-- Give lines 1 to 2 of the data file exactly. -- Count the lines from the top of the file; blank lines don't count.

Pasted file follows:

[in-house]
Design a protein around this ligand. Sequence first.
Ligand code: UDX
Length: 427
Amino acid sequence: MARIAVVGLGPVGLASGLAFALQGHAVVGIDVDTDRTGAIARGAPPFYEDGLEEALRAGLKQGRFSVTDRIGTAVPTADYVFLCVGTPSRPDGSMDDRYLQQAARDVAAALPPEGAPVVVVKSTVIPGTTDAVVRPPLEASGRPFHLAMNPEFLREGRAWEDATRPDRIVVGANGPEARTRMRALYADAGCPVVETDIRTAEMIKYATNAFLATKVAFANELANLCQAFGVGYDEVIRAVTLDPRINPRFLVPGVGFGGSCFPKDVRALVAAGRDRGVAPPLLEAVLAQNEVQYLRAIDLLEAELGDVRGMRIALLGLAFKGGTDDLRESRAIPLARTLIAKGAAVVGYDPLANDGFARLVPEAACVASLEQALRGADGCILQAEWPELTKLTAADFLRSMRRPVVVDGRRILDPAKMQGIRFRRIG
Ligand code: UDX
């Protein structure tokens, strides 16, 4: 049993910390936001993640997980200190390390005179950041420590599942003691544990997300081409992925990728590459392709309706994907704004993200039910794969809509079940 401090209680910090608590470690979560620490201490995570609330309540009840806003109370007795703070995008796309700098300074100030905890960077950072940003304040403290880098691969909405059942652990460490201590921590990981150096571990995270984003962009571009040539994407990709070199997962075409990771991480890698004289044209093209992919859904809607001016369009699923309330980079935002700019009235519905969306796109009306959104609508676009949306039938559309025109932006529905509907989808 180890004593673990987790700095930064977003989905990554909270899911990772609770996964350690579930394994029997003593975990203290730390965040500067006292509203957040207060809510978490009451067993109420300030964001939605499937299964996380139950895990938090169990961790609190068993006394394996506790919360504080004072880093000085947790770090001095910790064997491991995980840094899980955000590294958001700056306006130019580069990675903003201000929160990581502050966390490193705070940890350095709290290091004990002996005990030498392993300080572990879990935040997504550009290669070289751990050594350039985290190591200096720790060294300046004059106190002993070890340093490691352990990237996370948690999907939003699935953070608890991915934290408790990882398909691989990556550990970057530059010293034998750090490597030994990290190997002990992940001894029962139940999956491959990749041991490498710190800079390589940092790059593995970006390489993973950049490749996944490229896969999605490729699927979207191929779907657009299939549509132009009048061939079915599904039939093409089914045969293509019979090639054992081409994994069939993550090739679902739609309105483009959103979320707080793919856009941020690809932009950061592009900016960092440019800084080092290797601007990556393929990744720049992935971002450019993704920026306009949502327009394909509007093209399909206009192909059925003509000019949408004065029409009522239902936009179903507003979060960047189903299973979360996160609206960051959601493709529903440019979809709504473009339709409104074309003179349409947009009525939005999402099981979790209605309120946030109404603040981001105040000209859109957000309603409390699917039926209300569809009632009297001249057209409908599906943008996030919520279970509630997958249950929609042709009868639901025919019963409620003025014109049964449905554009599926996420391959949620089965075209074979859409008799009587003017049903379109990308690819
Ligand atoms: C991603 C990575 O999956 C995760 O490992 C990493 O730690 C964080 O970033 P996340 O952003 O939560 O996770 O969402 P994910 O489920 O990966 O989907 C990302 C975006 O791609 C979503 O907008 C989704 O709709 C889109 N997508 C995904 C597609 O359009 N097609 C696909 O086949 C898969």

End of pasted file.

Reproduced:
[in-house]
Design a protein around this ligand. Sequence first.